Maye Tuong was part Chinese, had three brothers and one sister, all married and moved out, and she lived with her mother and father across the Saugus River, at the upper end where a small wooden bridge spanned the water. Her mother was the Chinese parent, not the father, Henry Tuong, who was, as far as I knew, an old Lynn boy from way back who brought his wife home from one of his wars as a Marine. Shanghai rang a bell but I was never sure of where. I did know some other things about Maye, fact or fiction as you’ll have it, which had settled into my mind because she was extremely shapely for one thing; and she never had a date, at least I never saw her with a fellow. One time in the past, I heard, she’d been embarrassed at the beach when someone spotted a patch of thick, black hair on her backside, just below her waistline. A small patch it was, but a patch out of place. A few tough and pointed wisecracks were tossed off at that time and Maye was never seen at the beach again, never seen in a bathing suit again. I was one of those who never saw Maye at the beach or in a bathing suit. I never saw that thick, black out-of-place patch either, but had thought about it, I’m willing to bet, on a daily occurrence, perhaps hourly if you’re aware of the routine. Maye, on this night when the story really began, was 28 years old, or thereabouts, having unsettled some of my recent and late night thoughts, the older woman kind that haunt and capture and beset the young mind; let me teach you a thing or two, young man, you naughty boy, you.
But First Another Erudite Introduction by That Noted Supernaturalist Miss Stoker-Belle
Ha! I’ve at last wrested control of the bold font header from Ms. Allison. In the past she has used the header as a platform to throw shade my way, which I’ve been forced to refute in the first hundred words or so in previous displays of my genius. In yet another stroke of brilliance on my part, I recently introduced both the disinfecting and misremembering properties of anise del toro to Ms. Allison. She’s been gazing out her office window for a number of hours now. The Great Authoress is temporarily beyond the grasp of reality, and incapable of doing more than creating mist on the small mirror I occasionally place under her nose, let alone able to sling further shade on the intricacies of my personality. Rest assured, she’s fine. “Comfortably numb,” as the song goes. Really. Thus I have never been better.
Are you over eighteen?
I’m sorry, I didn’t mean to offend. Gerard sips his coconut milk coffee, then places it back on the mint green saucer. At least that’s what I imagine him doing whilst he’s typing away to me on his phone. I picture him trying to hide what he’s doing from his wife and kids as they sit around the sofa together watching a family movie. I picture him feeling embarrassed and adrenalized all at the same time You just look young in your profile.
Leila has chosen a story by one of our hugely talented regulars. Ashlie Allen sends us unusual and intriguing pieces – this is what Leila had to say:
Before we start with the usual nonsense:
You may have noticed that since Friday the site is changing.
Nik (We wanted to blame someone specifically) is revamping and to be truthful we are not sure what will react with what, so there maybe some glitches here and there.
Please give us a couple of days for the systems and changes to settle down.
If there are any issues with any of the stories for any length of time, we will re-publish them at a later date.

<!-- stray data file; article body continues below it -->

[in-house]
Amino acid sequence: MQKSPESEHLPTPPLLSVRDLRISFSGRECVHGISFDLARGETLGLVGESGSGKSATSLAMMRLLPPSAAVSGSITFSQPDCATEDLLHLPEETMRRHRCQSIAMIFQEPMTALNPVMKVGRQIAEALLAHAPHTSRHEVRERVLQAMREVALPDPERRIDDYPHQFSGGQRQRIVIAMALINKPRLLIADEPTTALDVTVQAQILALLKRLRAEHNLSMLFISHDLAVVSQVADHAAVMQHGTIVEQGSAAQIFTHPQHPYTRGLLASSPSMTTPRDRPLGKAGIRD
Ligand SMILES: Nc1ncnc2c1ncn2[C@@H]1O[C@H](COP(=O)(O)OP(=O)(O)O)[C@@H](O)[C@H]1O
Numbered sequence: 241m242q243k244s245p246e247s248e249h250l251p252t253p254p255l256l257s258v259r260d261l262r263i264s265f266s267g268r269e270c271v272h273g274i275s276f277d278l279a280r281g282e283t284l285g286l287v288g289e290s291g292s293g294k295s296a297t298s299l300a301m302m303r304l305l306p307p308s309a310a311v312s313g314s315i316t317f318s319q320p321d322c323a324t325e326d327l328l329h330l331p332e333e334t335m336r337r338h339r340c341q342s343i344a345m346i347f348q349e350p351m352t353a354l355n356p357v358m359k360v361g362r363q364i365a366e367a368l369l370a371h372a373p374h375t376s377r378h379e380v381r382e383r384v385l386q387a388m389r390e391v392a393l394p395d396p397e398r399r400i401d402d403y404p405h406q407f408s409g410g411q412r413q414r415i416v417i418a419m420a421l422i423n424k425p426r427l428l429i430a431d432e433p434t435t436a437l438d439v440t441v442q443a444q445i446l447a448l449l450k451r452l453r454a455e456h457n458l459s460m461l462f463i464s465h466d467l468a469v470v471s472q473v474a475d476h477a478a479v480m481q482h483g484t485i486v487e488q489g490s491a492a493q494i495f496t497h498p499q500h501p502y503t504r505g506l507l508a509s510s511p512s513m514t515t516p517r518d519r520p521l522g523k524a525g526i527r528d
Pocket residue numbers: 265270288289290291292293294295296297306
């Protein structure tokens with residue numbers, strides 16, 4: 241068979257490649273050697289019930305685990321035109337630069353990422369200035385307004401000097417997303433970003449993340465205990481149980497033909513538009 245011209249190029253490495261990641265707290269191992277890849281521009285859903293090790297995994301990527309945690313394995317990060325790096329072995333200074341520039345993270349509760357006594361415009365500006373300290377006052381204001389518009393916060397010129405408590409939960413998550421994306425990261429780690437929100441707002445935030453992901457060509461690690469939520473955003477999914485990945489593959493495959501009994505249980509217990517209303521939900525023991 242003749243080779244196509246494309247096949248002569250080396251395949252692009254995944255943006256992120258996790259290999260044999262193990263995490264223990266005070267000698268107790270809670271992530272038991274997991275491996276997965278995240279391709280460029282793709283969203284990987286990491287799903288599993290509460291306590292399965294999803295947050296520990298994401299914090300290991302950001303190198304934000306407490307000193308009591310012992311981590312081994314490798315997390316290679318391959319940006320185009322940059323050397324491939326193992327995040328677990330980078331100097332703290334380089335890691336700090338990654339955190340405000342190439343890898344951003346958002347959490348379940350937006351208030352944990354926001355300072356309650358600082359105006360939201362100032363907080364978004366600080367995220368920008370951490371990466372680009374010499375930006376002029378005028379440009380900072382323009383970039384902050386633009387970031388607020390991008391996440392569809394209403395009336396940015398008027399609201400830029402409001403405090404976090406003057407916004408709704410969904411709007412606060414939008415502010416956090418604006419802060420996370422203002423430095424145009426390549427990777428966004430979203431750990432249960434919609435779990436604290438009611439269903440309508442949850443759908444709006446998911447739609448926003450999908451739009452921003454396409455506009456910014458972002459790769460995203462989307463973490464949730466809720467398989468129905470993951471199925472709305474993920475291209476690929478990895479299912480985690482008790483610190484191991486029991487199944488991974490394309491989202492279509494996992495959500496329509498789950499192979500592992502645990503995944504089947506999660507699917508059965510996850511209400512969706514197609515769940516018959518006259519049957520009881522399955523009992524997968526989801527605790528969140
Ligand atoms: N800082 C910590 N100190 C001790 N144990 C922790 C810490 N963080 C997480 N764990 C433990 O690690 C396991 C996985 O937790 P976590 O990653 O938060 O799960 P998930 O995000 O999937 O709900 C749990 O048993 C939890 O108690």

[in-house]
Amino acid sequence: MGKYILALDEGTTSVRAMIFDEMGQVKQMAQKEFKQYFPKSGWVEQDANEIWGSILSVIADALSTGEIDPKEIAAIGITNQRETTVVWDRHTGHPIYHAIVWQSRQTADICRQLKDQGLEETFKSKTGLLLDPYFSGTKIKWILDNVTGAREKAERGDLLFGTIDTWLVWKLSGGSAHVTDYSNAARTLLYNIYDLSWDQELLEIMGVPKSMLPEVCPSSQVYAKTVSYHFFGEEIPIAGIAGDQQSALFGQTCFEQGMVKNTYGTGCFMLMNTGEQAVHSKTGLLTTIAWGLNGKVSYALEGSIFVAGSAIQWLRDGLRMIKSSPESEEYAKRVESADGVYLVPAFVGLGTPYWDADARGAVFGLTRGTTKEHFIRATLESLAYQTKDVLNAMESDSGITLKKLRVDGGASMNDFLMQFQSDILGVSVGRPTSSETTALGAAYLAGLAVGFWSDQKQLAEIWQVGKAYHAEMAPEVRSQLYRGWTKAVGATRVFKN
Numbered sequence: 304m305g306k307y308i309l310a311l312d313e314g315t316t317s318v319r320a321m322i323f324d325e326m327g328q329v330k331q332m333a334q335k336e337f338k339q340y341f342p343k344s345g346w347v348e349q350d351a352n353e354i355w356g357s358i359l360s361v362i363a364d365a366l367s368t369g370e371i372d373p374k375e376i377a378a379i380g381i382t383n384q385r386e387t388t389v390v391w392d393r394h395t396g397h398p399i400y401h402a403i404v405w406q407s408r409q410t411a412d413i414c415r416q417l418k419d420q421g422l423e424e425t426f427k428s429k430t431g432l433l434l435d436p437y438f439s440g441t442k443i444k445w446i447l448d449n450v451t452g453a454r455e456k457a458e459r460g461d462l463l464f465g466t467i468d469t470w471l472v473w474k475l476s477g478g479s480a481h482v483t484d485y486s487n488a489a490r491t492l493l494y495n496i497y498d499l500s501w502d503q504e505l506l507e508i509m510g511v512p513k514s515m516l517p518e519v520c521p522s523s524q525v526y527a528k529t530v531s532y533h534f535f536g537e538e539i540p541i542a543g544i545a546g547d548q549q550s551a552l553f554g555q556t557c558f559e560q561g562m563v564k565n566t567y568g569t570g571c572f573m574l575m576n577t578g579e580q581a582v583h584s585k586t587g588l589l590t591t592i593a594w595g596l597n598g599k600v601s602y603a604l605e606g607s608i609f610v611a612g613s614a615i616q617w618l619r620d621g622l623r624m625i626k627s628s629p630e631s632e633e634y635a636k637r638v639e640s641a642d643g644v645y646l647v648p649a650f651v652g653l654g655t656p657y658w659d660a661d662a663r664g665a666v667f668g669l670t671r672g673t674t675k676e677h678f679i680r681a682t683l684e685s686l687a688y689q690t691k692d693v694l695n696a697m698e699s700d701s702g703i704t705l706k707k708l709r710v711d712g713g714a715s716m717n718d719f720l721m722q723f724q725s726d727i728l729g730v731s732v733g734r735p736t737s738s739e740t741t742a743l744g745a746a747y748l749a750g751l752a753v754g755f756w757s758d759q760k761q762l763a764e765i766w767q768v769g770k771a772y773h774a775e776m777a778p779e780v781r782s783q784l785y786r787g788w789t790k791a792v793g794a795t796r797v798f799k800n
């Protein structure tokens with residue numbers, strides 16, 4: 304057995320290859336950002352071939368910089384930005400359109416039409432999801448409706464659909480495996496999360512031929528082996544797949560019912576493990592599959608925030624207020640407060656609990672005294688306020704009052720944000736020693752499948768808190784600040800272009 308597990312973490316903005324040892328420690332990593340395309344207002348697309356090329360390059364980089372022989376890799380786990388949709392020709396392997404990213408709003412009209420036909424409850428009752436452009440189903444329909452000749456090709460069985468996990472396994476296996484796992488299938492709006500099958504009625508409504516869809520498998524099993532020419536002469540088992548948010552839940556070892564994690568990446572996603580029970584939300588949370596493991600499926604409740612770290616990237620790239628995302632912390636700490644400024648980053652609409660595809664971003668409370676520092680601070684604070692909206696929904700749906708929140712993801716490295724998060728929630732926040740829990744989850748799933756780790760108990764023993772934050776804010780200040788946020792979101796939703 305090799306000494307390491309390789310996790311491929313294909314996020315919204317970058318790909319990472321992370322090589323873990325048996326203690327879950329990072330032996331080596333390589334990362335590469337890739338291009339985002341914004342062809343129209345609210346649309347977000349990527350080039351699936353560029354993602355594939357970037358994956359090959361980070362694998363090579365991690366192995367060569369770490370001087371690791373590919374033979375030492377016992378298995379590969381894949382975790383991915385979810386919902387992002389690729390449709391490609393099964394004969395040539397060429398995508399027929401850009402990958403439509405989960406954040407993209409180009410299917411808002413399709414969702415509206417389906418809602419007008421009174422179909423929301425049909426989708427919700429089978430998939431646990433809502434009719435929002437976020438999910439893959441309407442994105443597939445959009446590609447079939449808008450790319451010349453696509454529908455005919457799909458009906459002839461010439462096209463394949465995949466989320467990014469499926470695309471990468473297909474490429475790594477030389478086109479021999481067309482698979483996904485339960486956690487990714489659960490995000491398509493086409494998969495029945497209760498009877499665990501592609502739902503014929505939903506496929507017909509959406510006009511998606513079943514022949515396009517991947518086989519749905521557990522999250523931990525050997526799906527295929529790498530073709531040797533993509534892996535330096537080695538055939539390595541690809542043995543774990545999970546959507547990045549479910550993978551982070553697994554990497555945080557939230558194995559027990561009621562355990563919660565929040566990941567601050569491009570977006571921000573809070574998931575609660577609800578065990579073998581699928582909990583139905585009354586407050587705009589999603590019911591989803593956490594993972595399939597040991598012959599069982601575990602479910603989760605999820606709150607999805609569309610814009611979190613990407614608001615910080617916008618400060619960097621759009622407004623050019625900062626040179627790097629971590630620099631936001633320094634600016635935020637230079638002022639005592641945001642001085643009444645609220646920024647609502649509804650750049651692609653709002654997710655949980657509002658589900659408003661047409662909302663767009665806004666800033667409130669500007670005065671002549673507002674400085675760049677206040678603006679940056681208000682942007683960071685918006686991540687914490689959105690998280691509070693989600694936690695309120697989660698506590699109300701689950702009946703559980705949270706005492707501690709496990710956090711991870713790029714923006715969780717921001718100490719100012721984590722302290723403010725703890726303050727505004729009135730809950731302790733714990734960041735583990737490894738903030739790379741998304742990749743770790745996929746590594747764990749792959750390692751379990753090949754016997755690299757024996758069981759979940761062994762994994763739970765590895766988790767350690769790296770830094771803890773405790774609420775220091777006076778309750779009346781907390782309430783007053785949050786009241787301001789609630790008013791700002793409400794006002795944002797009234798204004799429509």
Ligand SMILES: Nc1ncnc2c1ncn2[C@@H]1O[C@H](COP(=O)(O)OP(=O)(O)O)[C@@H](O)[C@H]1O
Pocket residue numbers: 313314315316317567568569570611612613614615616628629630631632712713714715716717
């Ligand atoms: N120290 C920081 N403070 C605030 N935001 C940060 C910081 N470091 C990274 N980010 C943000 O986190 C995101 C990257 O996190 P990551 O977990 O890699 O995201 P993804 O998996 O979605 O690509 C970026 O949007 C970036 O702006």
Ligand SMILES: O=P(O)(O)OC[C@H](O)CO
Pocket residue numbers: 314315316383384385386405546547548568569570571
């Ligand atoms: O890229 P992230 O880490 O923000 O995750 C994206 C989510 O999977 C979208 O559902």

If there is anything that remains a problem for any of you, please let us know and we will kick Nik on the shins.
After my wife died, I volunteered on a crisis line. “You must keep clear limits with callers,” said Marilyn the training coordinator. “Don’t under any circumstances interact with anyone in person.”
I didn’t tell her that my boundaries were non-existent. That’s why I lived mostly alone.
So I only noticed that the door to my tattoo shop had been kicked in after I put the key in the lock. I slid the key into the cylinder and twisted it, but the door didn’t move. Through the tunnel of a receding hangover, I saw that the frame had been cracked near the lock, but the door hadn’t quite been kicked open. I pulled away in surprise, the blood receding to the back of my head, and looked around. A shard of the door frame lay on the ground, cleanly broken away. The glass next to the lock was undamaged. It was too early for this shit.
Sadie puts a bottle of white wine in the fridge before she goes out for a long run. She figures that if the run doesn’t help purge her of the toxins from the day then maybe the wine will. And if that doesn’t work she always has that fifth of bourbon on the bookshelf that girl from work gave her for Secret Santa, red bow taped to the top, and a few oxy left over from her thumb surgery last summer stashed at the bottom of the clothes hamper. But she figures the run, or the wine, should do just fine.
It was Nelda’s virgin adventure in ordering from East, a website with ridiculously low prices on electronics. All the goods were from China and took weeks or months to arrive. Reviews of East noted that each order was a surprise package ranging in quality and value from outstanding to profoundly disappointing. The reports also stated that returns were not practical, and that technical help was nonexistent.
The slippery slipper slipped from my hands. The glass leaving its bloody traces; a path of dark red leading to absolutely nowhere. Straight into silent nothingness. How fitting! My vision blurred, my skin scarred and my life shattered into tiny pieces. Every time I tried to pick them up, to put them back together, they cut me again and I could hear the devil’s familiar laugh paralyzing my everything. My life rejecting me. Still, I was weirdly proud that I did this all to myself. All by myself. I didn’t need a Prince Charming to do the shattering. I was perfectly capable of ruining my own life.